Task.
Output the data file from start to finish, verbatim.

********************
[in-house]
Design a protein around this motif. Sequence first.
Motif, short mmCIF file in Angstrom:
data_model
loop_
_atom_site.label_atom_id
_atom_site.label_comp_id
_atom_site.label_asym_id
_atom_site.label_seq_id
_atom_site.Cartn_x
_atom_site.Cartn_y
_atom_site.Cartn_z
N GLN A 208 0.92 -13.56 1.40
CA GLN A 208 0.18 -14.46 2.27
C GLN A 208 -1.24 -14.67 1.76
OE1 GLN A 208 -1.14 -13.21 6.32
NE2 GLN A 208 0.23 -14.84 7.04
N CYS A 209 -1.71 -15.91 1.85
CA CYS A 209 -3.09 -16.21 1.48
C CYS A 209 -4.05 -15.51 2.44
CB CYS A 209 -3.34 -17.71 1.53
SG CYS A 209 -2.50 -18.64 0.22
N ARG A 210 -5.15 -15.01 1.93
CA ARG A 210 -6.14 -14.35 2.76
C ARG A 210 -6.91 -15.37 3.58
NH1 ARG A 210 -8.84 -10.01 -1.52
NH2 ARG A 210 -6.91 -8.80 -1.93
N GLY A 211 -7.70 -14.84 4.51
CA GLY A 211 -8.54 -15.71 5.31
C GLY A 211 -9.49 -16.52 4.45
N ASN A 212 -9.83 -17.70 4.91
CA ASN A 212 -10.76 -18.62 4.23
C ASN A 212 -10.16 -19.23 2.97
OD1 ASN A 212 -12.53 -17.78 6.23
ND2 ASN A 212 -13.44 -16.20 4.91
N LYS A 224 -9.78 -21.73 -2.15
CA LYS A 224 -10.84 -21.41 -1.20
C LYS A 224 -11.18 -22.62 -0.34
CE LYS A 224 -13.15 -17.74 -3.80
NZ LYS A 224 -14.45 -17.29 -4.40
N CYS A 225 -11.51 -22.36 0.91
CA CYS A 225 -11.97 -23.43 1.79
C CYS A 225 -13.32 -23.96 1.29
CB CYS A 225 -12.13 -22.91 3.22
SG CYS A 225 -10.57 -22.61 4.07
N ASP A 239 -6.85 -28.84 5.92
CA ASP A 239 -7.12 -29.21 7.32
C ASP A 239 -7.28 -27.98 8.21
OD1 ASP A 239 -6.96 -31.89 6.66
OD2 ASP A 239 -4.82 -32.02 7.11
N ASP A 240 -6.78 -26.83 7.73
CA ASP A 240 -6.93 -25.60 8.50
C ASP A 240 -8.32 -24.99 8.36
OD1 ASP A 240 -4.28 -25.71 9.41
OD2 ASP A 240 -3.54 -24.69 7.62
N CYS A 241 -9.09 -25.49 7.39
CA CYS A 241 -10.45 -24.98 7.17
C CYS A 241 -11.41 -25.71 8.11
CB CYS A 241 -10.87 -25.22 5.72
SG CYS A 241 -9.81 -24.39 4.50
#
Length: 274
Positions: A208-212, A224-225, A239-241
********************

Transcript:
[in-house]
Design a protein around this motif. Sequence first.
Motif, short mmCIF file in Angstrom:
data_model
loop_
_atom_site.label_atom_id
_atom_site.label_comp_id
_atom_site.label_asym_id
_atom_site.label_seq_id
_atom_site.Cartn_x
_atom_site.Cartn_y
_atom_site.Cartn_z
N GLN A 208 0.92 -13.56 1.40
CA GLN A 208 0.18 -14.46 2.27
C GLN A 208 -1.24 -14.67 1.76
OE1 GLN A 208 -1.14 -13.21 6.32
NE2 GLN A 208 0.23 -14.84 7.04
N CYS A 209 -1.71 -15.91 1.85
CA CYS A 209 -3.09 -16.21 1.48
C CYS A 209 -4.05 -15.51 2.44
CB CYS A 209 -3.34 -17.71 1.53
SG CYS A 209 -2.50 -18.64 0.22
N ARG A 210 -5.15 -15.01 1.93
CA ARG A 210 -6.14 -14.35 2.76
C ARG A 210 -6.91 -15.37 3.58
NH1 ARG A 210 -8.84 -10.01 -1.52
NH2 ARG A 210 -6.91 -8.80 -1.93
N GLY A 211 -7.70 -14.84 4.51
CA GLY A 211 -8.54 -15.71 5.31
C GLY A 211 -9.49 -16.52 4.45
N ASN A 212 -9.83 -17.70 4.91
CA ASN A 212 -10.76 -18.62 4.23
C ASN A 212 -10.16 -19.23 2.97
OD1 ASN A 212 -12.53 -17.78 6.23
ND2 ASN A 212 -13.44 -16.20 4.91
N LYS A 224 -9.78 -21.73 -2.15
CA LYS A 224 -10.84 -21.41 -1.20
C LYS A 224 -11.18 -22.62 -0.34
CE LYS A 224 -13.15 -17.74 -3.80
NZ LYS A 224 -14.45 -17.29 -4.40
N CYS A 225 -11.51 -22.36 0.91
CA CYS A 225 -11.97 -23.43 1.79
C CYS A 225 -13.32 -23.96 1.29
CB CYS A 225 -12.13 -22.91 3.22
SG CYS A 225 -10.57 -22.61 4.07
N ASP A 239 -6.85 -28.84 5.92
CA ASP A 239 -7.12 -29.21 7.32
C ASP A 239 -7.28 -27.98 8.21
OD1 ASP A 239 -6.96 -31.89 6.66
OD2 ASP A 239 -4.82 -32.02 7.11
N ASP A 240 -6.78 -26.83 7.73
CA ASP A 240 -6.93 -25.60 8.50
C ASP A 240 -8.32 -24.99 8.36
OD1 ASP A 240 -4.28 -25.71 9.41
OD2 ASP A 240 -3.54 -24.69 7.62
N CYS A 241 -9.09 -25.49 7.39
CA CYS A 241 -10.45 -24.98 7.17
C CYS A 241 -11.41 -25.71 8.11
CB CYS A 241 -10.87 -25.22 5.72
SG CYS A 241 -9.81 -24.39 4.50
#
Length: 274
Positions: A208-212, A224-225, A239-241